Round two of my discourse on the Fallen series by Lauren Kate has us picking up where I left off last month: that is, my concerns from the use of angels in these stories. Naturally, as a Christian and an author who incorporates Christian themes, my big issue with the angels in this series had to do with the religious implications. I suppose part of it was my own fault; I was a bit slow on the uptake. It was probably my perpetual optimism, holding out hope that the author would stop flirting with sacrilege and tie the theology in her story to Scripture in a real and meaningful way – but it took me until book 3 to realize that her religious references are mythological in origin, not Biblical. I promise I did not go into these novels intending to pick apart the author’s theology! (I firmly believe that all stories have value – the best ones teach us something, but even the ones that don’t are usually worth their weight in entertainment.) But when a series revolves around fallen angels and directly mentions religious themes, it’s kind of hard not to get picky.
Here’s a small sampling of what bothered me in these books. The 24 elders of the heavenly court turned out to be an evil sect (this is even a major plot point). An angel and a demon openly “live in sin together” – sure, they label it as a “sin,” but it’s accepted and romanticized. Lilith is described as Adam’s first wife before he met Eve (like I said before, religious mythology). And one of the best characters – a cute but crazy gargoyle named Bill that helps Luce learn to time-travel – turns out to be evil! And not just evil, but the devil himself! (Plus, we learn that he’s actually Luce’s first “boyfriend” and their relationship is the starting point for the split between heaven and hell – talk about an intense plot twist O_o.)
There are even certain lines that rubbed me the wrong way, like Cam saying that “Good and evil aren’t so clear cut” (since when?!), or Luce’s objection to Dee’s sacrifice: “Why did something dear have to die so other dear things could live?... Had God created love to make pain feel even worse?” (book 4). For a series that pulled strongly on religious ideas, hearing the main character fail to appreciate the gift of giving one’s life for another (especially ironic since that main character did in fact have her own sacrifices to make ><) made me very sad.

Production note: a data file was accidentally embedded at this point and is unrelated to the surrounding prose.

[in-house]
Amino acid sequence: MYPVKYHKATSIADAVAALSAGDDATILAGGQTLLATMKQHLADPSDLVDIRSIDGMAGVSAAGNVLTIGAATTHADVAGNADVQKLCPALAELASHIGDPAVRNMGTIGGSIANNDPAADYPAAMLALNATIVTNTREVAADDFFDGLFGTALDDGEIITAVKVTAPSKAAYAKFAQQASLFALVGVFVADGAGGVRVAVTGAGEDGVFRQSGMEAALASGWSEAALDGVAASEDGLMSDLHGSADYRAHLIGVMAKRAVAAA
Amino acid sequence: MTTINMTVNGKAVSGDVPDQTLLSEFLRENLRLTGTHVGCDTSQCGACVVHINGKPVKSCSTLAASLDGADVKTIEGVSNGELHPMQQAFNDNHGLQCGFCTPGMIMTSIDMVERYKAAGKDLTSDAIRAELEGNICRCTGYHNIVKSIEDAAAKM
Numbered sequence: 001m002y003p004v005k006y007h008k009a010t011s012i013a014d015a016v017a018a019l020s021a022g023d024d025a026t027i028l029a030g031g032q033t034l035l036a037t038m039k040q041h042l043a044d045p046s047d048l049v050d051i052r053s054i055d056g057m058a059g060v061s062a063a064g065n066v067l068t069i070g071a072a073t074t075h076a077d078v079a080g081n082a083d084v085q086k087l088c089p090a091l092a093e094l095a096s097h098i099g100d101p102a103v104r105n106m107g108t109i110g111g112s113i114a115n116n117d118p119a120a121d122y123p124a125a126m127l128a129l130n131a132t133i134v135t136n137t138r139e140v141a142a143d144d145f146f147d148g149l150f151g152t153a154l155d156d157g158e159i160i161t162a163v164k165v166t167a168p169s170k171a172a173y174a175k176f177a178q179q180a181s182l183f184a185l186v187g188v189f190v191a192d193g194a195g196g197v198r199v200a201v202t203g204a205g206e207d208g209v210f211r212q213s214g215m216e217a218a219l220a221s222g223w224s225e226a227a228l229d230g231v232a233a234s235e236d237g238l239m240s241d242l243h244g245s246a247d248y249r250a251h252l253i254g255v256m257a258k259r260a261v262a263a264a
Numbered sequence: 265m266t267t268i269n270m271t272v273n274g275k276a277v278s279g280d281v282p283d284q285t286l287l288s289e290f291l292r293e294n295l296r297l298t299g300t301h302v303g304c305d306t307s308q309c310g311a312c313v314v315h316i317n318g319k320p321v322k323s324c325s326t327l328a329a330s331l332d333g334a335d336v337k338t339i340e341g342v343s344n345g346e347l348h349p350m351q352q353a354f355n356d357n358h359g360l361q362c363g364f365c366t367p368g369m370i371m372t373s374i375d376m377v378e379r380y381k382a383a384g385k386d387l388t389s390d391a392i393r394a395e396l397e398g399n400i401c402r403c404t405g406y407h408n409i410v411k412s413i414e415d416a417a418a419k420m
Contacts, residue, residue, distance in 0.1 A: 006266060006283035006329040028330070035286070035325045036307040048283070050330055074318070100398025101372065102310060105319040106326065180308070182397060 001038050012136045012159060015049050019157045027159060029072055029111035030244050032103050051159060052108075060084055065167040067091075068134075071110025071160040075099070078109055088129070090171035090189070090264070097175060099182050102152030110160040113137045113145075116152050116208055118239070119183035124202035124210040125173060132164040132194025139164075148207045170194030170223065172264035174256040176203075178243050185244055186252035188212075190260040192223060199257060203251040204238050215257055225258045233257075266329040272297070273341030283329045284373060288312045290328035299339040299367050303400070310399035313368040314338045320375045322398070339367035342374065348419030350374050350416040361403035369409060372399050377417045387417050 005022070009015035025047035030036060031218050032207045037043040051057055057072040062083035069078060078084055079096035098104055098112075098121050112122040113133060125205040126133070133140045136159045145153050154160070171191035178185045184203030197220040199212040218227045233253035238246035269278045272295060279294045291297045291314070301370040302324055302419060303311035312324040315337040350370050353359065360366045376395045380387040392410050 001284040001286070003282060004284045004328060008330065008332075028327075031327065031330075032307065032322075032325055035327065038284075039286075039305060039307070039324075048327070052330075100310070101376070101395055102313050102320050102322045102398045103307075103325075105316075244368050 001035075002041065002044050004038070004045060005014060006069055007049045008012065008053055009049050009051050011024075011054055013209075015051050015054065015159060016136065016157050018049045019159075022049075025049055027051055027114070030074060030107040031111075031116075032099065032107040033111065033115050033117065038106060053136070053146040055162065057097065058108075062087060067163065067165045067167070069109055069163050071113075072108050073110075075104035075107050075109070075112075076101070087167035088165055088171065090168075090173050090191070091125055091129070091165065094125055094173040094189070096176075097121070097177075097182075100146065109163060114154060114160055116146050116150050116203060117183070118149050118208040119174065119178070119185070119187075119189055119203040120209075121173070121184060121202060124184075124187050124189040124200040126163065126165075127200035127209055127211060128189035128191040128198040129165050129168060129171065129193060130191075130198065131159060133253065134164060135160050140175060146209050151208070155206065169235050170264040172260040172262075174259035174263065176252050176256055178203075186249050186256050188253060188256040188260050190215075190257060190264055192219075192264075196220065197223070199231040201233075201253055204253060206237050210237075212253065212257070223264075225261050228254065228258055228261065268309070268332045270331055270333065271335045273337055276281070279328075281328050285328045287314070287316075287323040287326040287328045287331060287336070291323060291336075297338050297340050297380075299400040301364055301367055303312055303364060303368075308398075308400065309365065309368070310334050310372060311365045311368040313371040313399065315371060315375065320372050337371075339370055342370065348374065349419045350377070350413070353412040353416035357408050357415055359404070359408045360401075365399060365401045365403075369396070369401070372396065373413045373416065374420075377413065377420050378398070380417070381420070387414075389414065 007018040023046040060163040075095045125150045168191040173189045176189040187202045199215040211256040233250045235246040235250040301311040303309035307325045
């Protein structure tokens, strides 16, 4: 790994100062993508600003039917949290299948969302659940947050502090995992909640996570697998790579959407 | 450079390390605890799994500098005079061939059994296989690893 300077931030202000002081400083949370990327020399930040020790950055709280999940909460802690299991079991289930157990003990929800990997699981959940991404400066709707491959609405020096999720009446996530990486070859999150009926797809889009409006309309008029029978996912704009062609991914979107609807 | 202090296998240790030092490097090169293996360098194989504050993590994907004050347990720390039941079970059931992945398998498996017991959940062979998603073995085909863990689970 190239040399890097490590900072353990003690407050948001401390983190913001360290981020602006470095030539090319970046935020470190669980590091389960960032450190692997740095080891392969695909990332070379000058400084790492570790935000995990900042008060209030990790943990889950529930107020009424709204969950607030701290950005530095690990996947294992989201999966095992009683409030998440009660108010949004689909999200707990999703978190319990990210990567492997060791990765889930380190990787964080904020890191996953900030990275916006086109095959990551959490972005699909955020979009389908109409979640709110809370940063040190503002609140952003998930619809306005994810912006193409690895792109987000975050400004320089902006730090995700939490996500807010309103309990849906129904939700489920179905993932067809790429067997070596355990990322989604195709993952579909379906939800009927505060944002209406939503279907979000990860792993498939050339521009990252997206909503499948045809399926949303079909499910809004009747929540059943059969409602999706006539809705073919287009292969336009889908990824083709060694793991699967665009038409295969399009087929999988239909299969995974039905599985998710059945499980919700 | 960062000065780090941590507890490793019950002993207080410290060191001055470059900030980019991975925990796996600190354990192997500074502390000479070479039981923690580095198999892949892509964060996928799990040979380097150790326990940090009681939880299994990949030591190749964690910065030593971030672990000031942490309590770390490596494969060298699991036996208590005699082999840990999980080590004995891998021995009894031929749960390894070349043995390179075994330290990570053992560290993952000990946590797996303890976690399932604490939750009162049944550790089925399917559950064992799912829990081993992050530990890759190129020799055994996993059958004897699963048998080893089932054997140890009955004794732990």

Worse than that was the author’s portrayal of God. In fact, the “Throne” (aka God) appears in a distinctly female form in the last book (despite being referred to by the male pronoun in the book before O_o). There are also parts of the story where other characters “lobbied” God, or God admits to “not knowing” something, or even, as described at the end of book 3, “He sounded tired, and pained, and less certain than Daniel had ever imagined possible.” I have issues when God is cast as a powerful being but is not omniscient or omnipotent (this was the same problem I had with the other angel book I read). I’m sorry, but anything less than an all-powerful, all-knowing Creator is simply not God.
At the same time, I do recognize that these books are fiction. I get that. And while I love the “escape to another world” that reading provides, that doesn’t mean I put all my core beliefs and values aside when I pick up a book. (In fact, my favorite stories are the ones where I can see the truth shining through the fantasy, even if it’s not written specifically to be religious.) And when I read a story that features parts that contradict what I believe, it actually has the opposite effect: because it goes against what I deeply hold dear, it pulls me out of the story and rather ruins my enjoyment, because suddenly the fantasy world and the world of truth that I rely on are at odds.
So I will simply say, if you (like me!) are the sort that wants to see Scriptural truth reflected in fantasy (or at least the possibility of truth applying to the story), if you want religious references to be based on the Bible even when the story is fiction – then for the sake of your sanity, don’t read this series ><. However, for those of you still looking for that little ray of sunshine, that silver lining of the cloudy sky – let me reassure you that the next post will discuss the parts of this series that I actually really enjoyed!
What do you think? Share your thoughts in the comments section!
Until the next time, keep reading!
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I have two passions: reading and writing. You can't write good stories without first reading good stories - that's my theory, anyway. So this is where I'll share with you the depth of those passions: background on what and why I write, as well as talking about the books that I read and how they impact my writing.